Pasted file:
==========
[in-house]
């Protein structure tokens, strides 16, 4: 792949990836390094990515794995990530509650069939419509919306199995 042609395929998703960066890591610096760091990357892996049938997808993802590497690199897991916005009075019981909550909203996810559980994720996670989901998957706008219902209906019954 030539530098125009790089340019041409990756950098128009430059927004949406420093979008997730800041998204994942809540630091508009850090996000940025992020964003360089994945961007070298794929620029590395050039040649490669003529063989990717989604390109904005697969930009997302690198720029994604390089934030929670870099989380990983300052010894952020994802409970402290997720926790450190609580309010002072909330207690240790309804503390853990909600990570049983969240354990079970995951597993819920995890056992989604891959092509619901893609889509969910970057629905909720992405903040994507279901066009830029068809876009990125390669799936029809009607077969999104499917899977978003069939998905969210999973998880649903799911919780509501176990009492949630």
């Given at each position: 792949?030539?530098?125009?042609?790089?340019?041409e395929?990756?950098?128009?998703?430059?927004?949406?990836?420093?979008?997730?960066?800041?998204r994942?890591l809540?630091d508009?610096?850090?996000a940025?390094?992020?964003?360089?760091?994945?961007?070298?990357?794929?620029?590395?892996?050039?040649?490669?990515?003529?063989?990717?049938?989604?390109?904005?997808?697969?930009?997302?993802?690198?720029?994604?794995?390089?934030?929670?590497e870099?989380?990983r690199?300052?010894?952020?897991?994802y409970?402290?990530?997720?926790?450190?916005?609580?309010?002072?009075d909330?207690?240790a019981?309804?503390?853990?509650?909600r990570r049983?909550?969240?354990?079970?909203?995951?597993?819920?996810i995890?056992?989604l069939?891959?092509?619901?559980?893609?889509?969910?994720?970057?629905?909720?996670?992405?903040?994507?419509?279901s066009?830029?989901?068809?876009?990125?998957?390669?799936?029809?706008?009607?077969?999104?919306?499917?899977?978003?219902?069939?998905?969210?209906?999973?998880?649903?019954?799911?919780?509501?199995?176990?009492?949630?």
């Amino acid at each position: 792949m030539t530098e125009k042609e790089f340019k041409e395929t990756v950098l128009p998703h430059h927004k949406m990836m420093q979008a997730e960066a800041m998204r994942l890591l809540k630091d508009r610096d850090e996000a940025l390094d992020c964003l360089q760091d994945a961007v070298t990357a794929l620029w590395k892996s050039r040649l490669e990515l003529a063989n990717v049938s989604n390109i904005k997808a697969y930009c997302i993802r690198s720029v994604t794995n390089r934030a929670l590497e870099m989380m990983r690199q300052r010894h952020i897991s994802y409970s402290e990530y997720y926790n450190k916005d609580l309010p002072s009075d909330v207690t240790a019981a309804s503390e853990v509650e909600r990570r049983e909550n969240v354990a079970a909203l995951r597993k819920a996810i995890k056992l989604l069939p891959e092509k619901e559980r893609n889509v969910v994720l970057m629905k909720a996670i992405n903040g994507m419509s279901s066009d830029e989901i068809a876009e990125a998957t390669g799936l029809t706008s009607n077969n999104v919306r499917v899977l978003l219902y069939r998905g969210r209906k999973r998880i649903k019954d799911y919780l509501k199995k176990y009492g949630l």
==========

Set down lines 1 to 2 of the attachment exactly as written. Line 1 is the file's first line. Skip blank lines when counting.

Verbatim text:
[in-house]
């Protein structure tokens, strides 16, 4: 792949990836390094990515794995990530509650069939419509919306199995 042609395929998703960066890591610096760091990357892996049938997808993802590497690199897991916005009075019981909550909203996810559980994720996670989901998957706008219902209906019954 030539530098125009790089340019041409990756950098128009430059927004949406420093979008997730800041998204994942809540630091508009850090996000940025992020964003360089994945961007070298794929620029590395050039040649490669003529063989990717989604390109904005697969930009997302690198720029994604390089934030929670870099989380990983300052010894952020994802409970402290997720926790450190609580309010002072909330207690240790309804503390853990909600990570049983969240354990079970995951597993819920995890056992989604891959092509619901893609889509969910970057629905909720992405903040994507279901066009830029068809876009990125390669799936029809009607077969999104499917899977978003069939998905969210999973998880649903799911919780509501176990009492949630």